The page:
Given access to the parts in quantity, I set about making my own tests of the spring rate and consistency of the wave washer and the dimensional tolerance of the spring clip placement as both of these factors were being questioned by the Rogue Bicycle Mechanic.

I tested 100 wave washers from 100 mixed BSC and Italian threaded BB cup sets and measured the same BBs floor-to-safety-clip-drilling dimensions, to test the physical dimensions of the wave washer and the spring rate in it's critical compression zone (i.e. the pre-load it would exert on the bearings when constrained within the cup, if the BB shell was within the 1.6mm overall width error envelope allowed by Campagnolo, for screw-in cups). I was interested in how much lateral movement the spring clip might allow.

I found that the pre-load exterted by the wave washers in all cases fell within the range recommended for the 3 types of 6805N deep-groove cartridge bearings supplied by SKF to Campagnolo for the application.

With new clips, I found that the side-to-side play in the cranks would fall within the +/-0.125mm range set by Campagnolo.

Field experience subsequently showed a small amount of wear could occur on the clip and the hole through which it passed could ovalise but that annual replacement of the spring clip removed significant problems from this area.

I also thought a bit about other ways the same effects could be achieved - could a fixed method of pre-load be used to both control any lateral movement, to preload the bearing? Of course,the answer is "yes", there are other ways.

Methods that immediately spring to mind are:

  • Two threaded rings, one inside the other, could be used to take up variations in BB shell width (as Campagnolo later did in the OverTorque design), but measuring the inter-ring torque in order to generate a known pre-load would be awkward and the actual pre-load generated would change as the bearings were subject to wear.
  • The bearings could be accommodated inside a casing with screwed-on covers, one of which could double as a pre-load cap, as Mavic did in their 631BB design in the 1990s but that would add significantly to weight and cost.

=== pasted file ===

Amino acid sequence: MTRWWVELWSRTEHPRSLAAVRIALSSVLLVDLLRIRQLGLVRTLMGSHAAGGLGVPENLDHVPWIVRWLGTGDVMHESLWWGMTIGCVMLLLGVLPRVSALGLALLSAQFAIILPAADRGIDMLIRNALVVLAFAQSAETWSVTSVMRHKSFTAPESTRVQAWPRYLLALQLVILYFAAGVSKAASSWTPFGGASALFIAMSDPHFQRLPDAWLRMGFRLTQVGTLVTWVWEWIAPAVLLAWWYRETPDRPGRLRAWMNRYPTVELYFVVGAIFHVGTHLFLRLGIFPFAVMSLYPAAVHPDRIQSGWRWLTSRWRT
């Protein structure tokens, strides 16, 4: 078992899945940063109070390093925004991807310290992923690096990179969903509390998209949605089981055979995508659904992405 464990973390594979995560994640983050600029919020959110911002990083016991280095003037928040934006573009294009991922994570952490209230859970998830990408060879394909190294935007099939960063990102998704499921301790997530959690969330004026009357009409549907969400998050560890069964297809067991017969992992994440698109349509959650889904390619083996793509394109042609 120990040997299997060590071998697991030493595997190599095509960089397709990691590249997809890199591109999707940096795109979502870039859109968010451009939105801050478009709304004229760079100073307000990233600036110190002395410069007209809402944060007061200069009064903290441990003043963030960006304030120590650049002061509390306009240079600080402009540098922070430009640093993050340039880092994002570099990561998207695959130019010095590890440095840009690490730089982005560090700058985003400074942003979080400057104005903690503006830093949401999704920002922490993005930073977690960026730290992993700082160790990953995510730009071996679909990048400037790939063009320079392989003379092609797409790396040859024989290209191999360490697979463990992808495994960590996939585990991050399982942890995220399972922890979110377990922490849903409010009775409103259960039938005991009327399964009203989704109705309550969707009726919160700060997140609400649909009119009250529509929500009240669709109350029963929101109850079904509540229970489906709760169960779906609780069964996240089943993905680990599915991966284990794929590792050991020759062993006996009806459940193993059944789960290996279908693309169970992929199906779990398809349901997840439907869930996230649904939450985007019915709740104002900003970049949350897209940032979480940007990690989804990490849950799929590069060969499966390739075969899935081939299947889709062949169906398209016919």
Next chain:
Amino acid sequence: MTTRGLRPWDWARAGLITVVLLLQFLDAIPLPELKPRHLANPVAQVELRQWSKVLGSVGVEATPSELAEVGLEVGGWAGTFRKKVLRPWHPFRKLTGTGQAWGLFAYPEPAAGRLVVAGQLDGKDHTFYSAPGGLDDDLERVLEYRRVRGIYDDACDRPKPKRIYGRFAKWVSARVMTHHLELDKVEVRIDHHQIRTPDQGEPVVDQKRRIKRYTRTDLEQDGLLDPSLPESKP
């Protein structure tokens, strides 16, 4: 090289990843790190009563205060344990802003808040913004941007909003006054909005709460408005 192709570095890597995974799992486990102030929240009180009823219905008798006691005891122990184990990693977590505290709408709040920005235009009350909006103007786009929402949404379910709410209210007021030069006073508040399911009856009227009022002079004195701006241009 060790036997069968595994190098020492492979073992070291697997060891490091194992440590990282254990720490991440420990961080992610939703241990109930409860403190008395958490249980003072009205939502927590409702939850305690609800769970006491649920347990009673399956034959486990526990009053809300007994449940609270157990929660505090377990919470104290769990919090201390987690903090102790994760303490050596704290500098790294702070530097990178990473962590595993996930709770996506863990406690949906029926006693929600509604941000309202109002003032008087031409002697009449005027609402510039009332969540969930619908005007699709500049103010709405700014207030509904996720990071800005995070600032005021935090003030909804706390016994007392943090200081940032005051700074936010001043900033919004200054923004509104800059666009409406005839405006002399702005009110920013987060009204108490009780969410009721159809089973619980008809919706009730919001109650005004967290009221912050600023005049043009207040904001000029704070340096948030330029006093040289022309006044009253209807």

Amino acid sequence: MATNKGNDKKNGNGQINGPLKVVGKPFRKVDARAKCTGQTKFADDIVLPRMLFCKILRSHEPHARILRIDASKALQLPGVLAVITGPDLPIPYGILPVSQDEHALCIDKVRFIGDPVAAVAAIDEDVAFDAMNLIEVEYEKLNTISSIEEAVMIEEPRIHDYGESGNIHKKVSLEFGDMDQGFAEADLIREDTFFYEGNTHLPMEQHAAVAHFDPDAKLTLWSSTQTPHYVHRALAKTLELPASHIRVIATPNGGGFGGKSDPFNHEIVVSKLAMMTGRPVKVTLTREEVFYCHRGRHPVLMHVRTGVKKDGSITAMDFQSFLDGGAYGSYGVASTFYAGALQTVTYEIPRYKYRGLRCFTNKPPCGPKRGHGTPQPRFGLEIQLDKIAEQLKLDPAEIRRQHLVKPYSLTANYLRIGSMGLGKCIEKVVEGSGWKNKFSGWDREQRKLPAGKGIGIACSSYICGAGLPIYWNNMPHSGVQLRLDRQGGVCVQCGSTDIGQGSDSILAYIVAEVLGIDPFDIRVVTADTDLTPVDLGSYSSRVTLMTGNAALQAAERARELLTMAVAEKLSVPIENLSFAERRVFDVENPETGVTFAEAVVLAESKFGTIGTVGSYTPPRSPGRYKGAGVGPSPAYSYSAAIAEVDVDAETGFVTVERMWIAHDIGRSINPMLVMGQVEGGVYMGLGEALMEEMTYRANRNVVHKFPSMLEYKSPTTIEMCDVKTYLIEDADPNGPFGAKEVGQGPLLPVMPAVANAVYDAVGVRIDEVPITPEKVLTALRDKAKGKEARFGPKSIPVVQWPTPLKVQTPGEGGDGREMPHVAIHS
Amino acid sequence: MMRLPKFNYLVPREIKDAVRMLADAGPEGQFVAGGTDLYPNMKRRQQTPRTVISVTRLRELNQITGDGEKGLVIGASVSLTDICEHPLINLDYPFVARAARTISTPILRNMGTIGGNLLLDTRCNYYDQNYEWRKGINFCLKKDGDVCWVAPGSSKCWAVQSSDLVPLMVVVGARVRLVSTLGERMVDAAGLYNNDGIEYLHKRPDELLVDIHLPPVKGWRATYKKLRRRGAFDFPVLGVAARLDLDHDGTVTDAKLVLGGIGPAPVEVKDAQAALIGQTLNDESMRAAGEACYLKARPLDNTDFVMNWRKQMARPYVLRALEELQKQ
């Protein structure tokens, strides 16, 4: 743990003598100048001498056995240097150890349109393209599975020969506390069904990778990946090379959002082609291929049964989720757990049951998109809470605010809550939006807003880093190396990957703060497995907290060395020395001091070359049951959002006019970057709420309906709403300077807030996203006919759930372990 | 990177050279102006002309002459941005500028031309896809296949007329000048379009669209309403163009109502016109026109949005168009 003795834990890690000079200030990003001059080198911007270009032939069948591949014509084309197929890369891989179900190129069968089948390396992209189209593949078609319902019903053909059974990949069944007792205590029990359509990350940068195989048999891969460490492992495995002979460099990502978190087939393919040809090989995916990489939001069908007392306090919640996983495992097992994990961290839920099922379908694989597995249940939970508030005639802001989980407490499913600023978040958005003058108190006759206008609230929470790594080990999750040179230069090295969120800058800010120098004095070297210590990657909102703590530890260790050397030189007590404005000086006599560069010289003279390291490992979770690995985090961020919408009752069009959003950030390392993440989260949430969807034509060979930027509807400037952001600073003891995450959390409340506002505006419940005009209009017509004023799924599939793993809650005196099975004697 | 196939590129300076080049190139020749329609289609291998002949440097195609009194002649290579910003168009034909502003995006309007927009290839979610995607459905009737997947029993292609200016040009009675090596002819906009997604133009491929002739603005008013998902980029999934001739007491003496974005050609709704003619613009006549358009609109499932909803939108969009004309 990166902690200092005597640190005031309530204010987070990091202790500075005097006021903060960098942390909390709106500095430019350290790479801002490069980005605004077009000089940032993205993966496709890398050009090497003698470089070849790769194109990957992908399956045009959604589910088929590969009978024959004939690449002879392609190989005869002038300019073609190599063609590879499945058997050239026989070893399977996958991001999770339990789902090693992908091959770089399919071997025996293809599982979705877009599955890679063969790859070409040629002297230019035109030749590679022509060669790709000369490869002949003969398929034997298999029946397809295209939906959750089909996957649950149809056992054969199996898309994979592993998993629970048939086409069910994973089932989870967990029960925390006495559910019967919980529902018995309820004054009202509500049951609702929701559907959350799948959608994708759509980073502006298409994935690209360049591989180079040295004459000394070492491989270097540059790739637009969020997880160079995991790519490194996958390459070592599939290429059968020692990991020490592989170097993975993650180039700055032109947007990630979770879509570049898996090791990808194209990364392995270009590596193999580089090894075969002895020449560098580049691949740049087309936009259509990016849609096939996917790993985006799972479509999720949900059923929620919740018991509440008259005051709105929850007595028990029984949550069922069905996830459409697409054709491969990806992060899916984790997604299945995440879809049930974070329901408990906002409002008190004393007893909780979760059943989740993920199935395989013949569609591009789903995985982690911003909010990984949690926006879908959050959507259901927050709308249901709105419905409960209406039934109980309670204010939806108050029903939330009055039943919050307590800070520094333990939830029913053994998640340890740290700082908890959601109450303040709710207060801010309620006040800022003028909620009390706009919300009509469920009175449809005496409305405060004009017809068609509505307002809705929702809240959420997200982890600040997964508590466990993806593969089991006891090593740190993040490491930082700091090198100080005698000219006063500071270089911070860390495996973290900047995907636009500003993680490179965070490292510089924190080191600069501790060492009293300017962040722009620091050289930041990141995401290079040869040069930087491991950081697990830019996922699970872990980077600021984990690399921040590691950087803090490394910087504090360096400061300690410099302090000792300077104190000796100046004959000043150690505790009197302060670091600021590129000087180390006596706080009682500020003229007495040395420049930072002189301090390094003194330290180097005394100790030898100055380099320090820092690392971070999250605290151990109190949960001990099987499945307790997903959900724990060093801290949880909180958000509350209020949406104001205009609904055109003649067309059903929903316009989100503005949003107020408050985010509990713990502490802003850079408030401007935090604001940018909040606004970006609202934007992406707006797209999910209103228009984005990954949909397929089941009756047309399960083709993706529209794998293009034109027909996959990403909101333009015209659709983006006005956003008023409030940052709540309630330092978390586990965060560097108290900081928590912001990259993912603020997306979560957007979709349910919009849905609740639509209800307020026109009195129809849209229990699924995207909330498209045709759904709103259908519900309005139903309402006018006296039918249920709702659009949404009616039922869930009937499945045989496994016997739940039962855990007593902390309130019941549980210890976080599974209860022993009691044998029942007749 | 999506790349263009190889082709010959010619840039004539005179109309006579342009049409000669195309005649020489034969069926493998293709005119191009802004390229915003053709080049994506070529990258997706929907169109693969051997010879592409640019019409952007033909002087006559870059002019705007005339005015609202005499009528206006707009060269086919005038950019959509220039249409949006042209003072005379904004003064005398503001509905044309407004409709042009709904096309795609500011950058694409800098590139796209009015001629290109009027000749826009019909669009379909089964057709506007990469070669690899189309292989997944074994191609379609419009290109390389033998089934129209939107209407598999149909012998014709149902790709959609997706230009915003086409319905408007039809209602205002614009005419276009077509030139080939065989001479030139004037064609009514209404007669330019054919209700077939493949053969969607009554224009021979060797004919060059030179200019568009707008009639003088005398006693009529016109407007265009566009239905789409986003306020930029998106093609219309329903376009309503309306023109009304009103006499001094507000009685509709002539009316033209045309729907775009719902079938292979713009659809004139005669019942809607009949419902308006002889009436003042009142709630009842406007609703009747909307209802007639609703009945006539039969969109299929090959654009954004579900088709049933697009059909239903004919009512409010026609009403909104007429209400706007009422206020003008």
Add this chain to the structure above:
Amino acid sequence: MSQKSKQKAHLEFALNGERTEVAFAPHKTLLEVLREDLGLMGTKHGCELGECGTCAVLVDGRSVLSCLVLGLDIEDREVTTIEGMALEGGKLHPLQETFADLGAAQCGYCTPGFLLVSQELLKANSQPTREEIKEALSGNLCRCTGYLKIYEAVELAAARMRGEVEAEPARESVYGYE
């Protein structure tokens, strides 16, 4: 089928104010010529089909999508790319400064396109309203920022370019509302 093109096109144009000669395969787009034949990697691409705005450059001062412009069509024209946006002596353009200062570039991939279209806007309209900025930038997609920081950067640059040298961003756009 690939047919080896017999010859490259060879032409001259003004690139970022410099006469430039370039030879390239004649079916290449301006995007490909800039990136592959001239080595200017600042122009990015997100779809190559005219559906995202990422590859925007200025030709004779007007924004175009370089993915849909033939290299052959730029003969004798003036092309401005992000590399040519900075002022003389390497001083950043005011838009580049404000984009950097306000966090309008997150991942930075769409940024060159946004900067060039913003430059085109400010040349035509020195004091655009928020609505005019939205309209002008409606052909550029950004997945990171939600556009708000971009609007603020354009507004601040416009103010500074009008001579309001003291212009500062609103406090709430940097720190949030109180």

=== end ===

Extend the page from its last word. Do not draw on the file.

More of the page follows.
• A series of shims at very fine gradations of width could be used to pre-load the bearings against the compression generated by the Hirth joint but that would require a level of measurement which would be beyond a good many mechanics and most consumers (even 0.1mm is a country mile in shimming-a-bearing of these dimensions, I was told by a senior design engineer at EZO, one of SKF's main competitors) ...

So in all, although a more complex solution to hit a very specific set of pre-load requirements and lateral play limitation "can" be devised, given that the system has now been in trouble free use for 17 years, one does have to ask "why" ...

If anyone is interested I still have my lab books (of course ...) and am quite happy to share my test data and my test protocol. I will remove the actual pre-load values for the bearings as that is subject to IPR that I don't own - but the graphs I was able to create for each spring, based on five loading data points for each spring clearly show a much higher consistency than the +/-25% that some commentators, who don't appear to have done any n>1 testing, suggest.

Wednesday, 6 January 2016

Why Stick to Manufacturer's Spec?

Just had a dude on the phone, asking about Shimano / Campag hybridisation ...

Our advice is always simple - stick to the manufacturer spec. Yes, there are cases where you *can* make allowances for performance shortcomings (and they will crop up sooner or later), there are times where you'll run a Shimano cassette with a Campag system, or a Campag cassette with a SRAM system and it'll *work* but *working* is one thing, working reliably, for the service life of the parts, on all frame sizes and compatible geometries and without constant "tinkering" ... that's something else.

All manufacturers who make groupsets test and test and test - and even then, sometimes there are mistakes made as all the three main component makers will testify - Shimano have had disc brake issues, ditto SRAM and Campag have had to change production techniques a couple of times to fix problems that occurred in the field but that didn't show up in testing.
So to take two things that were never designed to work with each other and expect them to work on a consistent basis, from the beginning to the end of their service lives, is already optimistic.

If you then look at those parts and say, "well, it's only a couple of tenths of a mm", in the case of 11s cassettes, perhaps - that may be within manufacturing tolerances when the system is new but what happens with wear and tear - it's entirely possible that the operating tolerances in production are there to account for wear and tear, in part - if the parts are marginal when new, apply a feww 100 km to them and wear might already have them outside the normal manufacturing tolerance.